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Seven Days Launches New Ticket Sales Site

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The Burlington-area alt-weekly newspaper and website has launched a ticket sales site called Seven Days Tickets. The site is free for event producers and sells tickets to events across the region.

If you've ever bought a ticket to a concert or an event online, chances are you've used a ticketing website and paid a fee. Now, Seven Days is getting into the ticketing business to provide a local alternative.

Burlington's alt-weekly newspaper and website will offer its services to local event producers and concertgoers at

Colby Roberts, associate publisher and director of sales at Seven Days, spoke with VPR about the new service and what it will mean for the community. 

On the services the new site offers: 

"We're going to offer the ability for event producers and advertisers in the area to sell their tickets through our website."

On why the area needs a new service:

"We really saw an opportunity. There are a lot of event promoters using national outfits like Brown Paper Tickets, Ticketfly, Event Bright and we felt like because we had been a leader in Vermont in terms of curating events through Seven Days, specifically in our calendar section, for years we also have a lot of venture producers who like to advertise with us. 

"Extending that service to those folks would be kind of a natural progression for us. And we feel like specifically with those national outfits that I mentioned, that we can offer local customer service as well as a trusted brand."

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A selection of the events available on Seven Days' new ticket site, Seven Days hopes to provide event producers in the area with a local alternative to national ticket sales services.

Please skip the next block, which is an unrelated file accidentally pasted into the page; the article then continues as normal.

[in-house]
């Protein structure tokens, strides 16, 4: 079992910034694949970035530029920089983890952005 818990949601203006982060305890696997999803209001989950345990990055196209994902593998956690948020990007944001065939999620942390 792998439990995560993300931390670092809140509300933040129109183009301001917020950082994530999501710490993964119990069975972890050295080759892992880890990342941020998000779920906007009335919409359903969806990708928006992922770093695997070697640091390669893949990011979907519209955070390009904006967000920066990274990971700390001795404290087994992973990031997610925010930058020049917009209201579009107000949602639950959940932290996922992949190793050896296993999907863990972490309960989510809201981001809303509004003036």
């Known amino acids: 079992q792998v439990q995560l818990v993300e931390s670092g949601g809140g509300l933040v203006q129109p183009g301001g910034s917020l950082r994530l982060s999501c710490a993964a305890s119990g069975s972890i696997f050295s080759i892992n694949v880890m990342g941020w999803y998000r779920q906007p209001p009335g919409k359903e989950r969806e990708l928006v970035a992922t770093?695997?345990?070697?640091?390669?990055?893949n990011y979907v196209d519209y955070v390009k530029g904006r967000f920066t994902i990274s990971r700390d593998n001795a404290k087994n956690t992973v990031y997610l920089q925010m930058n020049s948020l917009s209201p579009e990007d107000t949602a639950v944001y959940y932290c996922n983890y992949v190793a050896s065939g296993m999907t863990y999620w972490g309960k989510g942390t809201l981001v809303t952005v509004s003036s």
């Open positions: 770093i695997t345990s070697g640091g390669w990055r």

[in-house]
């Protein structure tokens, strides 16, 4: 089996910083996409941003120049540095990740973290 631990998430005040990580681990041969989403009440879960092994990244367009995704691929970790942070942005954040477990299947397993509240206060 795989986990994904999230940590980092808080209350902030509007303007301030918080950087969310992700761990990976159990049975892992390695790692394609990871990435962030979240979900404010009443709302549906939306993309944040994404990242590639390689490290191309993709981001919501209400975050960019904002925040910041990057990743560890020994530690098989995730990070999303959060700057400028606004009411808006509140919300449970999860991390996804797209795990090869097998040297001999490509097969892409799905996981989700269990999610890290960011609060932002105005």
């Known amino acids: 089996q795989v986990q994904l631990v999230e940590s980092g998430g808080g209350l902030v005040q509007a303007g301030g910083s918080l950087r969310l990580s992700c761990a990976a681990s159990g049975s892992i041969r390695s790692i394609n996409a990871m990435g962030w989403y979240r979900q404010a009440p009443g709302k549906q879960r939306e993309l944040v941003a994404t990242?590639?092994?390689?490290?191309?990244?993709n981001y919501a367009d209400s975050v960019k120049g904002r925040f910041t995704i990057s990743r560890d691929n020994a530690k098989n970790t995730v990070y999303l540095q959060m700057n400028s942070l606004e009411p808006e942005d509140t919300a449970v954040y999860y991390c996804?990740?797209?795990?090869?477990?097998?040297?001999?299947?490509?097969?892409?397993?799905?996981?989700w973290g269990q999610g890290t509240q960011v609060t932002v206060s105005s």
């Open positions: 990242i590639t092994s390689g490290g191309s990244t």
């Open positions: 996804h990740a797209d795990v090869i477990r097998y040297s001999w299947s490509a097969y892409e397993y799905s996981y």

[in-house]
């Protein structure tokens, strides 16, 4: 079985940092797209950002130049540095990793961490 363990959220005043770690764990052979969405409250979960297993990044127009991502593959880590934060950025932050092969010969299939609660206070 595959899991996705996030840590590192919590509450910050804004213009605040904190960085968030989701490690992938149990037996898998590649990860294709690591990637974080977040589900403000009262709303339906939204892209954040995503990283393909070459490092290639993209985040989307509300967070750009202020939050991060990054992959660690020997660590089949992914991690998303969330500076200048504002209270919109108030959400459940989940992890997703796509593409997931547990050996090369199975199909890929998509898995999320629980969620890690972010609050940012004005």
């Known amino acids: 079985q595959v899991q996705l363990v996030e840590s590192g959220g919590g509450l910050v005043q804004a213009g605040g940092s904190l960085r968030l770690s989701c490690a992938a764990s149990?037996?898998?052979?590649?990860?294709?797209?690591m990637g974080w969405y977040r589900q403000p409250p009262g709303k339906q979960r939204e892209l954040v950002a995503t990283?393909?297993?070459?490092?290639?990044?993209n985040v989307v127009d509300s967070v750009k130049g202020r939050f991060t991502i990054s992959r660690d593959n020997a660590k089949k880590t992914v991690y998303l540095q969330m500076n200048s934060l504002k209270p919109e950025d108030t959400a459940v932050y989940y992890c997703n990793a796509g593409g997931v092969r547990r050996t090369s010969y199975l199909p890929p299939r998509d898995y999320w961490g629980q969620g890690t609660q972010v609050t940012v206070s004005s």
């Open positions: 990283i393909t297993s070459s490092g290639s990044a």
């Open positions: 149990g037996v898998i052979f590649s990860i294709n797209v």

"We get a lot of traffic on our site and we feel like that would be a convenient opportunity for our audience. But certainly we were looking at a lot of our event producer clients that we work with and seeing if we could provide them with a service that might benefit them. And be closer to home than some of the options they have been using."

The site is free for event producers, but what about the public?

"There is a similar fee as there would be with some of those other ticket sites. There's a similar percentage that we take on top of the ticket price."

How does that compare to the national alternatives? 

"It's basically the same. It's three percent plus $1.25 [per ticket]. But as I mentioned before we have the local customer service, we have the local marketing muscle that some of these other folks don't have. We have the newspaper website where other content lives and where we can promote your events and hopefully, help you sell more tickets."

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A screenshot from Seven Days' new ticket sales platform. The site is free for event producers to use but charges customers a small fee on top of each ticket sale.

" is up and running. We have a couple of events that are live right now including one of our own events that we're having on Saturday, March 19 — "Spotlight on Journalism", which is a bunch of free movies. We're using the ticketing site as a way to promote it and you can go there and download tickets for free to these movies.

"We're also promoting Hedwig and the Angry Inch at ArtsRiot, which is starting on March 31. It's a six-show run and tickets are available at"

Annie Russell was VPR's Deputy News Director. She came to VPR from NPR's Weekends on All Things Considered and WNYC's On The Media. She is a graduate of Columbia Journalism School.
Alex was a reporter and host of VPR's local All Things Considered. He was also the co-host and co-creator of the VPR program Brave Little State.
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